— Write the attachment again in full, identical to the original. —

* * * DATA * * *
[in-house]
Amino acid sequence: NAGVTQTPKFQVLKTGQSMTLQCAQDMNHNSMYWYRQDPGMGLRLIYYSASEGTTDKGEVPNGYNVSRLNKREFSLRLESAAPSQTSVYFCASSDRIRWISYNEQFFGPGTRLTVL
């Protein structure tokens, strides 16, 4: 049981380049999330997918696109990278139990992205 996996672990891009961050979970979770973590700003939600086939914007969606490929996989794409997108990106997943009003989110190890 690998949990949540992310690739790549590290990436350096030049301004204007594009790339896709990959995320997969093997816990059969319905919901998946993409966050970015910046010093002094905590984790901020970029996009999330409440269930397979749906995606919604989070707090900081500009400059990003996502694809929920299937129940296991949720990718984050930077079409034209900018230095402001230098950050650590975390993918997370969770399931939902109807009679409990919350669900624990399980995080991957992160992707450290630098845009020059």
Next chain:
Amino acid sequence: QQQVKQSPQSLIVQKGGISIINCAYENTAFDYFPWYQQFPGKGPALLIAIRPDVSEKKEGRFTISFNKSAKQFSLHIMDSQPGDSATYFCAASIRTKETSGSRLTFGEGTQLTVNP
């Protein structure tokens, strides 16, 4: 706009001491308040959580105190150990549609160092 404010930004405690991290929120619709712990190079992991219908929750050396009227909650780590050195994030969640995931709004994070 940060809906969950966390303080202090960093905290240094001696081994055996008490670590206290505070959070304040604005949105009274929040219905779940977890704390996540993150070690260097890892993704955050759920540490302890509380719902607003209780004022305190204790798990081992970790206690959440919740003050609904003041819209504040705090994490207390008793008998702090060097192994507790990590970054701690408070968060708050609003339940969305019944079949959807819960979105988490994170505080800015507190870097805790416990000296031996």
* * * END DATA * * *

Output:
[in-house]
Amino acid sequence: NAGVTQTPKFQVLKTGQSMTLQCAQDMNHNSMYWYRQDPGMGLRLIYYSASEGTTDKGEVPNGYNVSRLNKREFSLRLESAAPSQTSVYFCASSDRIRWISYNEQFFGPGTRLTVL
């Protein structure tokens, strides 16, 4: 049981380049999330997918696109990278139990992205 996996672990891009961050979970979770973590700003939600086939914007969606490929996989794409997108990106997943009003989110190890 690998949990949540992310690739790549590290990436350096030049301004204007594009790339896709990959995320997969093997816990059969319905919901998946993409966050970015910046010093002094905590984790901020970029996009999330409440269930397979749906995606919604989070707090900081500009400059990003996502694809929920299937129940296991949720990718984050930077079409034209900018230095402001230098950050650590975390993918997370969770399931939902109807009679409990919350669900624990399980995080991957992160992707450290630098845009020059």
Next chain:
Amino acid sequence: QQQVKQSPQSLIVQKGGISIINCAYENTAFDYFPWYQQFPGKGPALLIAIRPDVSEKKEGRFTISFNKSAKQFSLHIMDSQPGDSATYFCAASIRTKETSGSRLTFGEGTQLTVNP
């Protein structure tokens, strides 16, 4: 706009001491308040959580105190150990549609160092 404010930004405690991290929120619709712990190079992991219908929750050396009227909650780590050195994030969640995931709004994070 940060809906969950966390303080202090960093905290240094001696081994055996008490670590206290505070959070304040604005949105009274929040219905779940977890704390996540993150070690260097890892993704955050759920540490302890509380719902607003209780004022305190204790798990081992970790206690959440919740003050609904003041819209504040705090994490207390008793008998702090060097192994507790990590970054701690408070968060708050609003339940969305019944079949959807819960979105988490994170505080800015507190870097805790416990000296031996």